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Lessons learned from a tornado pushed Pittsburg State University to revamp its storage, replacing an older traditional SAN with software-defined storage.
The university in eastern Kansas implemented Hedvig storage software on Hewlett Packard Enterprise (HPE) ProLiant servers to boost replication and redundancy, said Tim Pearson, the university's assistant director of IT infrastructure and security.
Pearson said he likes that Hedvig replicates in real time to multiple sites. He uses it to replicate local snapshots between two locations on the Pittsburg campus and sends a third copy of each snapshot to Wichita State University, which is about three hours west of Pittsburg.
Pittsburg State has six HPE ProLiant servers with Hedvig software in each of the three locations for a total of 120 TB of storage capacity on the nine servers. Hedvig provides a 2-to-1 data reduction rate through inline deduplication and compression.
Hedvig formed an OEM partnership with HPE in November.
From a SAN to software-defined storage servers
A major tornado that slammed into Joplin, Mo., and surrounding areas in 2011 influenced the university's storage strategy. The Pittsburg State campus is about 45 minutes northwest of Joplin. The university relied on tape backups for its disaster recovery at that time.
With Kansas in the middle of the area known as Tornado Alley, Pearson knew his storage had to stand up if another one hit. He came to that conclusion after talking to IT colleagues in Joplin whose data centers were knocked offline for extended periods as a result of the storm, he said.
"The idea of taking our tape backups off site for recovery was something we needed to revisit," Pearson said. "We were looking for something more involved than what we had at the time."
Before the Hedvig storage, Pittsburg State relied on a two-array Dell EqualLogic iSCSI SAN. One array had 48 10,000 rpm drives; the second had 48 1 TB SATA drives. EqualLogic firmware managed data replication between the arrays. The university bought the SAN in 2011, four years after Dell acquired EqualLogic. The products are now branded as Dell EMC PS Series, although they are no longer being actively sold.
In mid-2018, Pearson said disk failures on the EqualLogic SAN reinforced the need for more resilient storage.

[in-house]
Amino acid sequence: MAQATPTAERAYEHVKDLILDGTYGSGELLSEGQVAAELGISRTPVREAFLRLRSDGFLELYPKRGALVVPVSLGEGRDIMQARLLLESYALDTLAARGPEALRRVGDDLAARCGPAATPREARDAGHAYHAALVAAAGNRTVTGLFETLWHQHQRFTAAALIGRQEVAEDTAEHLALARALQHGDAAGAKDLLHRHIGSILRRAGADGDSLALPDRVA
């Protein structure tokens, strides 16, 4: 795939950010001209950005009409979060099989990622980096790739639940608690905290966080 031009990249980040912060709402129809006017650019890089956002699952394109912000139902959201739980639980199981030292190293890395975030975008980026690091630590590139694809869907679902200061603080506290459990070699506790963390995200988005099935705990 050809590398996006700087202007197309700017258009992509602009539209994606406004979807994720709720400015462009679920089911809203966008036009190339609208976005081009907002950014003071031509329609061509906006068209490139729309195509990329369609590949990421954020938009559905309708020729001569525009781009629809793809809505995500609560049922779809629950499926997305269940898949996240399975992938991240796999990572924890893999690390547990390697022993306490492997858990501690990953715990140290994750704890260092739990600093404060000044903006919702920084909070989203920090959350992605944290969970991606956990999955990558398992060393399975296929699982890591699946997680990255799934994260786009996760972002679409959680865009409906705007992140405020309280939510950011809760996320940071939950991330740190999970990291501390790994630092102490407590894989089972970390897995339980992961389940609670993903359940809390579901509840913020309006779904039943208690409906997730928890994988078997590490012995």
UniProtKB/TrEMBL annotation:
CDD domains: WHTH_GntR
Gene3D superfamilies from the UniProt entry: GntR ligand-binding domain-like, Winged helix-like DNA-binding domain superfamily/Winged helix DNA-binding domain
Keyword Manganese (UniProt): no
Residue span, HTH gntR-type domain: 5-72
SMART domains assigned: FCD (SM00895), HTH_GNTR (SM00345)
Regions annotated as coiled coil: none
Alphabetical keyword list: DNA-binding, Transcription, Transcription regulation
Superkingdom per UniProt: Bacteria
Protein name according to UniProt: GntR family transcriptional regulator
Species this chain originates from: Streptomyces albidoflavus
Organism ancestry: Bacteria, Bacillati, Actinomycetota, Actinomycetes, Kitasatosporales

"Seldom a week would go by that I didn't need to replace a drive. I knew if we ever lost more than one drive, we would be unable to restore from backup," he said.
Making the Hedvig storage decision
Pearson had assembled a team of IT professionals at Pittsburg State to evaluate proposals from storage vendors, including Hedvig. The team also considered Datrium, HPE's SimpliVity, Cisco's HyperFlex hyper-converged products and a Fujitsu SAN.
"The thing we liked about Hedvig was flexibility. You could run it in a hyper-converged infrastructure environment or as storage layer on separate hardware. The support for multiple protocols would allow us to do object storage, block, NFS and Amazon S3 as we grew and our technology [needs] evolved," Pearson said.
Hedvig emerged from stealth in 2015. What concerned Pearson most was the company's relative newness. Storage customers of the startup were consulted, and Pearson said they gave Hedvig high marks about switching to a software-defined storage model.
"Every product has warts, but none of them said they regretted their decision. They all said the Hedvig support was better than they had experienced with other vendors," Pearson said.
The Hedvig storage servers use SATA disk for capacity and SSDs for performance. On the back end, NVMe flash SSDs cache and stream read data to spinning disk, as needed.
The Hedvig-HPE combination enabled Pittsburg State to reallocate the EqualLogic arrays for intraday replication, reducing the window for backup to avoid a 24-hour window. Eventually, Pearson said, Pittsburg State wants to phase out nightly snapshots and implement Hedvig scheduled snapshots.